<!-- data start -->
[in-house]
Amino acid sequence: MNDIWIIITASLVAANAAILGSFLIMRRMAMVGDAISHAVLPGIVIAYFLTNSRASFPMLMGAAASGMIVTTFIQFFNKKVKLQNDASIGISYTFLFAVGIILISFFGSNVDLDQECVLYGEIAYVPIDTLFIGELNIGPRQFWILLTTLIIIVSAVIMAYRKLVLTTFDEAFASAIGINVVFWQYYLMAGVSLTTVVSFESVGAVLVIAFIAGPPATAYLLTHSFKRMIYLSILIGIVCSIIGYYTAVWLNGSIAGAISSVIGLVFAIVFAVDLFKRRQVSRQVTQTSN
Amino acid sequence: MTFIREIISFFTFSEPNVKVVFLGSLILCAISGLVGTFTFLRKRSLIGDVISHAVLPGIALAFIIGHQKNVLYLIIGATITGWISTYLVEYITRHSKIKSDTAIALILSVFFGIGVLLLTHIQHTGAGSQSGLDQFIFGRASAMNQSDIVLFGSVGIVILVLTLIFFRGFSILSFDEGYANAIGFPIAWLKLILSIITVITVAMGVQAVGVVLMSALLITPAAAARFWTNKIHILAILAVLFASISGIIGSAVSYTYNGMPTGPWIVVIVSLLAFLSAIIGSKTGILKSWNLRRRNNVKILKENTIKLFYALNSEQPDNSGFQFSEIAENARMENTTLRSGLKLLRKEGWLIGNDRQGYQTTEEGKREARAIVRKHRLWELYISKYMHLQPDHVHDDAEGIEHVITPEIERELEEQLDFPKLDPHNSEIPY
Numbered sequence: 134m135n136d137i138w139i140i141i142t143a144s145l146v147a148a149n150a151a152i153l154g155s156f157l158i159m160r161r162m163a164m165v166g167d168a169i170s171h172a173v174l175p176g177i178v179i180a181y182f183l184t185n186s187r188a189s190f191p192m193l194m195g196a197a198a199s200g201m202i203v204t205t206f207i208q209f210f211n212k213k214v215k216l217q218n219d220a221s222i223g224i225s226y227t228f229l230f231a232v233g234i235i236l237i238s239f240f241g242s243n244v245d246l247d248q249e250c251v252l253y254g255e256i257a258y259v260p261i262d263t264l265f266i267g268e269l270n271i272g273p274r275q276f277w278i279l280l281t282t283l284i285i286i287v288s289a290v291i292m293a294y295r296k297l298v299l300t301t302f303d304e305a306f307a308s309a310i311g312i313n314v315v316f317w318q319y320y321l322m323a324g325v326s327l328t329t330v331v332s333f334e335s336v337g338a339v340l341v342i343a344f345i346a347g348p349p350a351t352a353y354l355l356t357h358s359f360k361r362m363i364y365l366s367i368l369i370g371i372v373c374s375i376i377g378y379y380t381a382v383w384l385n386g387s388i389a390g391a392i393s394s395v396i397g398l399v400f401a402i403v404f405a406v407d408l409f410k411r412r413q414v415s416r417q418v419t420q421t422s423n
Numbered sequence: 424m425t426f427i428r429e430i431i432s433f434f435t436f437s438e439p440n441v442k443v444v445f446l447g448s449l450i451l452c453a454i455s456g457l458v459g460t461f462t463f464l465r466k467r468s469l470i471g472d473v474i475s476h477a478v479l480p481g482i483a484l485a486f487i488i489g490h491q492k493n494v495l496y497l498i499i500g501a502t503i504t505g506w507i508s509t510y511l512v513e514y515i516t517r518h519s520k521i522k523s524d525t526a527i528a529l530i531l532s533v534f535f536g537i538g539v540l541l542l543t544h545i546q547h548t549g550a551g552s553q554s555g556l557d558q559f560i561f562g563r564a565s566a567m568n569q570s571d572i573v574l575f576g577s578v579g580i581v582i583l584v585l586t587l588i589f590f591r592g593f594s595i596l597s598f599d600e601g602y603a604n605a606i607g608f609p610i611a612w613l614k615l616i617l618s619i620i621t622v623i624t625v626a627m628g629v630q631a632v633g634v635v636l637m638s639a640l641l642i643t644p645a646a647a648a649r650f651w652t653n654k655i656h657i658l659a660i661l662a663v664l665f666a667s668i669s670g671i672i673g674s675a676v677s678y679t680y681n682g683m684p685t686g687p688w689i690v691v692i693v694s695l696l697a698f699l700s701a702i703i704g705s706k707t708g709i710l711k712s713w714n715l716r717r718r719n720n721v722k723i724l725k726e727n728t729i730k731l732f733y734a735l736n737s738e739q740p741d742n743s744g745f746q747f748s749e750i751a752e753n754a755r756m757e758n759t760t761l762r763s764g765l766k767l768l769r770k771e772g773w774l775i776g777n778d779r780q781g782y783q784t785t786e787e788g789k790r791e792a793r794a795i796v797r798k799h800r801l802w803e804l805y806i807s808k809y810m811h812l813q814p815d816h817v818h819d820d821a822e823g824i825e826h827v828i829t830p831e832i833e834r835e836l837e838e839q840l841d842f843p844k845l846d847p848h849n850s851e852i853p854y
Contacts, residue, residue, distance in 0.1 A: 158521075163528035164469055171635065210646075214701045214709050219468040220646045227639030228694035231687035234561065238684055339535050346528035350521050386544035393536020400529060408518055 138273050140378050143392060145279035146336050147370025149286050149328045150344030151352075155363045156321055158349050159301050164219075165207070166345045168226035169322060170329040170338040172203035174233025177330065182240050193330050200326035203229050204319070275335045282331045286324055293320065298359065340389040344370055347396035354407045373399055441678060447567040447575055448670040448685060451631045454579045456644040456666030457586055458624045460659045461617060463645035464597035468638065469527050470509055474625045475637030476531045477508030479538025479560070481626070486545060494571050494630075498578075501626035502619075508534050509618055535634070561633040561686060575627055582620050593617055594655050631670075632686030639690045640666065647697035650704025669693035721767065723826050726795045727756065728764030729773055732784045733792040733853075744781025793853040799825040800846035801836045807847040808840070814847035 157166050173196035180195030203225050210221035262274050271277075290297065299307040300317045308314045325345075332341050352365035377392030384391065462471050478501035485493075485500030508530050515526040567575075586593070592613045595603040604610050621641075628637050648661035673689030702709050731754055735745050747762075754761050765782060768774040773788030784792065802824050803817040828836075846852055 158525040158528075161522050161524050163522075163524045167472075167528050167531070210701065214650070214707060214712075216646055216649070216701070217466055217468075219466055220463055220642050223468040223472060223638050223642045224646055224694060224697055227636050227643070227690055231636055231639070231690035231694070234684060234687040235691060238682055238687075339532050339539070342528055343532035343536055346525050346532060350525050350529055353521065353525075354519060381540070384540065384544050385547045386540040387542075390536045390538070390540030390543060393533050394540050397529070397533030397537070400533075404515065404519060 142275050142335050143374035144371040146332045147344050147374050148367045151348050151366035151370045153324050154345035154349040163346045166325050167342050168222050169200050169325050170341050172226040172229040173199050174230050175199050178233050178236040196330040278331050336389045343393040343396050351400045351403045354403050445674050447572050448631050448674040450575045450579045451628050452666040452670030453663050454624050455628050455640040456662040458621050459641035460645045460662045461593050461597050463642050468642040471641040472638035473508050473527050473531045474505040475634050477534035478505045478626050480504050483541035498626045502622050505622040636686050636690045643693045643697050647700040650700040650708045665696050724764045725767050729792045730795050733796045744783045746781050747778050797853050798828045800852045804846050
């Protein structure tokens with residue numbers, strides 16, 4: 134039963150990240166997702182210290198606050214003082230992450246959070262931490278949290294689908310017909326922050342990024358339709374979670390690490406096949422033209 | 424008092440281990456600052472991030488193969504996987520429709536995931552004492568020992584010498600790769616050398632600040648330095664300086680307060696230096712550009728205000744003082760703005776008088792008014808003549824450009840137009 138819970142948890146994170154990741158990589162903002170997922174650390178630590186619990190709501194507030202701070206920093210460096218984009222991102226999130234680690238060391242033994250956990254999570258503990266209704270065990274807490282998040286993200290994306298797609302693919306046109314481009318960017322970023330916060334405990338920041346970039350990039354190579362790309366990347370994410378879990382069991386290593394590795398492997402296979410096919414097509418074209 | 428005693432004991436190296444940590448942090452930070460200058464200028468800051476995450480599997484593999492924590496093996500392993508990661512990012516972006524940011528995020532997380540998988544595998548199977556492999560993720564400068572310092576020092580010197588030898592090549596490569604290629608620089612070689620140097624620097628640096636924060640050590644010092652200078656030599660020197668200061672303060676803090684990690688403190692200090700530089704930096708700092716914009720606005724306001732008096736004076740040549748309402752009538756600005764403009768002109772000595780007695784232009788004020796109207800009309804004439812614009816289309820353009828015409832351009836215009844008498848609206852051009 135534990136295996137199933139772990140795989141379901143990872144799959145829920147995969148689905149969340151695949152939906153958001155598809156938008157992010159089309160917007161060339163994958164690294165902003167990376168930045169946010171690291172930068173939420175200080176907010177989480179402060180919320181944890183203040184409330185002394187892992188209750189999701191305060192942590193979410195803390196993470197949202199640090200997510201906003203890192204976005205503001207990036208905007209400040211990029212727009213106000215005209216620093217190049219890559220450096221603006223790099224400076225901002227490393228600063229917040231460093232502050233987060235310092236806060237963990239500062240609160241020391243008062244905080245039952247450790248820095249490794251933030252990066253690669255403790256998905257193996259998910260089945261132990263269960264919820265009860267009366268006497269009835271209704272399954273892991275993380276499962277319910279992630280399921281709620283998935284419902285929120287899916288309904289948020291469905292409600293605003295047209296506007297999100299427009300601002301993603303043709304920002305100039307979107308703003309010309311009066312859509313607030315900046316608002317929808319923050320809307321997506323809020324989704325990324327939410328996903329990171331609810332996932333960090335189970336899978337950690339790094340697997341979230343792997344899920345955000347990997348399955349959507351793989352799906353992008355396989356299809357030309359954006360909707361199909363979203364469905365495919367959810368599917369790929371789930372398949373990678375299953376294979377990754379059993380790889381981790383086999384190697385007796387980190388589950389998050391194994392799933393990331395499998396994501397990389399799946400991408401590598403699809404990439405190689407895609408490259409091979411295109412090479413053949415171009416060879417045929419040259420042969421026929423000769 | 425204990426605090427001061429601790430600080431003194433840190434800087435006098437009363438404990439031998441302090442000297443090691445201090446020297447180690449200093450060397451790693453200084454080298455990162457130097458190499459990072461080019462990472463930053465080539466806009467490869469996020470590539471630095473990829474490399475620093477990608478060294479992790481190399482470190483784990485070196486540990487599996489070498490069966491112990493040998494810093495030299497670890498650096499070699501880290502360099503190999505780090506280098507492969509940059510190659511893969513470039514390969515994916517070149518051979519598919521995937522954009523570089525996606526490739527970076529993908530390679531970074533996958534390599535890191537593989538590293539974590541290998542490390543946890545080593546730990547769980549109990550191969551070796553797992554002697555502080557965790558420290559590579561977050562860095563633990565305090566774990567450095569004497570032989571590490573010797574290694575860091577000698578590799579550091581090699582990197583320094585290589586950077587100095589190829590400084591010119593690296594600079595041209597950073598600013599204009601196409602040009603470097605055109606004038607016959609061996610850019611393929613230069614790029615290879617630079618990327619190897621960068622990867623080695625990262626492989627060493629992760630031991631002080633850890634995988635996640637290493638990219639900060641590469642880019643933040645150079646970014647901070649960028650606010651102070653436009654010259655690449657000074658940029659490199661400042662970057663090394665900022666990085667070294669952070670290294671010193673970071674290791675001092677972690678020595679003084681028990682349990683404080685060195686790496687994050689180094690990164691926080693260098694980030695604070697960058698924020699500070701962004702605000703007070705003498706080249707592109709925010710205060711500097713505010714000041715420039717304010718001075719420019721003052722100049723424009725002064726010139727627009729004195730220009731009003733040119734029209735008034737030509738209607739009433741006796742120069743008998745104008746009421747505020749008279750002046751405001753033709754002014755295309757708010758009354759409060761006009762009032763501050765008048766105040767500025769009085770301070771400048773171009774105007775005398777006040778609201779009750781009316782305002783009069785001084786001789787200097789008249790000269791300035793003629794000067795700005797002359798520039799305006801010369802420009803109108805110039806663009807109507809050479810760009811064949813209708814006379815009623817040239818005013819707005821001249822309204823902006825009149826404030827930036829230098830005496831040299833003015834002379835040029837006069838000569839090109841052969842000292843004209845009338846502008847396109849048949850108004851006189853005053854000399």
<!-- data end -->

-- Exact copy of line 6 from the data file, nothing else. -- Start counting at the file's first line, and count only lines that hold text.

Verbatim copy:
Contacts, residue, residue, distance in 0.1 A: 158521075163528035164469055171635065210646075214701045214709050219468040220646045227639030228694035231687035234561065238684055339535050346528035350521050386544035393536020400529060408518055 138273050140378050143392060145279035146336050147370025149286050149328045150344030151352075155363045156321055158349050159301050164219075165207070166345045168226035169322060170329040170338040172203035174233025177330065182240050193330050200326035203229050204319070275335045282331045286324055293320065298359065340389040344370055347396035354407045373399055441678060447567040447575055448670040448685060451631045454579045456644040456666030457586055458624045460659045461617060463645035464597035468638065469527050470509055474625045475637030476531045477508030479538025479560070481626070486545060494571050494630075498578075501626035502619075508534050509618055535634070561633040561686060575627055582620050593617055594655050631670075632686030639690045640666065647697035650704025669693035721767065723826050726795045727756065728764030729773055732784045733792040733853075744781025793853040799825040800846035801836045807847040808840070814847035 157166050173196035180195030203225050210221035262274050271277075290297065299307040300317045308314045325345075332341050352365035377392030384391065462471050478501035485493075485500030508530050515526040567575075586593070592613045595603040604610050621641075628637050648661035673689030702709050731754055735745050747762075754761050765782060768774040773788030784792065802824050803817040828836075846852055 158525040158528075161522050161524050163522075163524045167472075167528050167531070210701065214650070214707060214712075216646055216649070216701070217466055217468075219466055220463055220642050223468040223472060223638050223642045224646055224694060224697055227636050227643070227690055231636055231639070231690035231694070234684060234687040235691060238682055238687075339532050339539070342528055343532035343536055346525050346532060350525050350529055353521065353525075354519060381540070384540065384544050385547045386540040387542075390536045390538070390540030390543060393533050394540050397529070397533030397537070400533075404515065404519060 142275050142335050143374035144371040146332045147344050147374050148367045151348050151366035151370045153324050154345035154349040163346045166325050167342050168222050169200050169325050170341050172226040172229040173199050174230050175199050178233050178236040196330040278331050336389045343393040343396050351400045351403045354403050445674050447572050448631050448674040450575045450579045451628050452666040452670030453663050454624050455628050455640040456662040458621050459641035460645045460662045461593050461597050463642050468642040471641040472638035473508050473527050473531045474505040475634050477534035478505045478626050480504050483541035498626045502622050505622040636686050636690045643693045643697050647700040650700040650708045665696050724764045725767050729792045730795050733796045744783045746781050747778050797853050798828045800852045804846050